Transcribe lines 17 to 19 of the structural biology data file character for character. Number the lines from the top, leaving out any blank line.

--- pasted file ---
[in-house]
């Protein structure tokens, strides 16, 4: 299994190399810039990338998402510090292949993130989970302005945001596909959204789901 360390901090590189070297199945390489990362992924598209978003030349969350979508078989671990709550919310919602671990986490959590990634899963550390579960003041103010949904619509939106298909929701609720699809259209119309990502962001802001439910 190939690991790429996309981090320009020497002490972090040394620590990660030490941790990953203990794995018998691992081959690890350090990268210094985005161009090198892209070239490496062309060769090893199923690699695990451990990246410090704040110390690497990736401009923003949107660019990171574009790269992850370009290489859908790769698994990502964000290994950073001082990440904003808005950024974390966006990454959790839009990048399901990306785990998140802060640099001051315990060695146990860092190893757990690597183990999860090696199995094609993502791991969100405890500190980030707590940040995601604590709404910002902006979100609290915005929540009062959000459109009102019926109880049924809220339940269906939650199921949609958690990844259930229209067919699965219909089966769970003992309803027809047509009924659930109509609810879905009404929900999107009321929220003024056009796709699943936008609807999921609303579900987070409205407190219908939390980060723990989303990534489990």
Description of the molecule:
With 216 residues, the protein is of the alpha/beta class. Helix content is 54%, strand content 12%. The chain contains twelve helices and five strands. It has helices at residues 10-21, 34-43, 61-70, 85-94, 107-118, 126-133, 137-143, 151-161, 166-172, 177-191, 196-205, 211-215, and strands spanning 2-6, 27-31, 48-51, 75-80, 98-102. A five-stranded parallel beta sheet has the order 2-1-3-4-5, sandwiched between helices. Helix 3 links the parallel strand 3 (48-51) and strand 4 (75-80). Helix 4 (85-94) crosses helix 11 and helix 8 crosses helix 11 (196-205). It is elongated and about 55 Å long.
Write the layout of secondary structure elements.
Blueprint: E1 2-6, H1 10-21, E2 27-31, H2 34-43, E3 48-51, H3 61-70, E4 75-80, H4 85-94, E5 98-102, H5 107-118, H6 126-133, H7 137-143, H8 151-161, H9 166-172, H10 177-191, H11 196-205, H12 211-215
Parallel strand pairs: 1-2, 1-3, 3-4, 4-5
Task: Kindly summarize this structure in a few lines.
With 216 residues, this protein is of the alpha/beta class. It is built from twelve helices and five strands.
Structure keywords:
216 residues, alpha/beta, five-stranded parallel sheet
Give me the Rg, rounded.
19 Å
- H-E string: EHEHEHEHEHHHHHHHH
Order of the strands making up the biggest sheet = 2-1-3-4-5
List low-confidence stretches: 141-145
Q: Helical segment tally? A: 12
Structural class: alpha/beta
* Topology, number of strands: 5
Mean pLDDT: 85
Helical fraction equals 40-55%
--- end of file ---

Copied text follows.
Q: Helical segment tally? A: 12
Structural class: alpha/beta
* Topology, number of strands: 5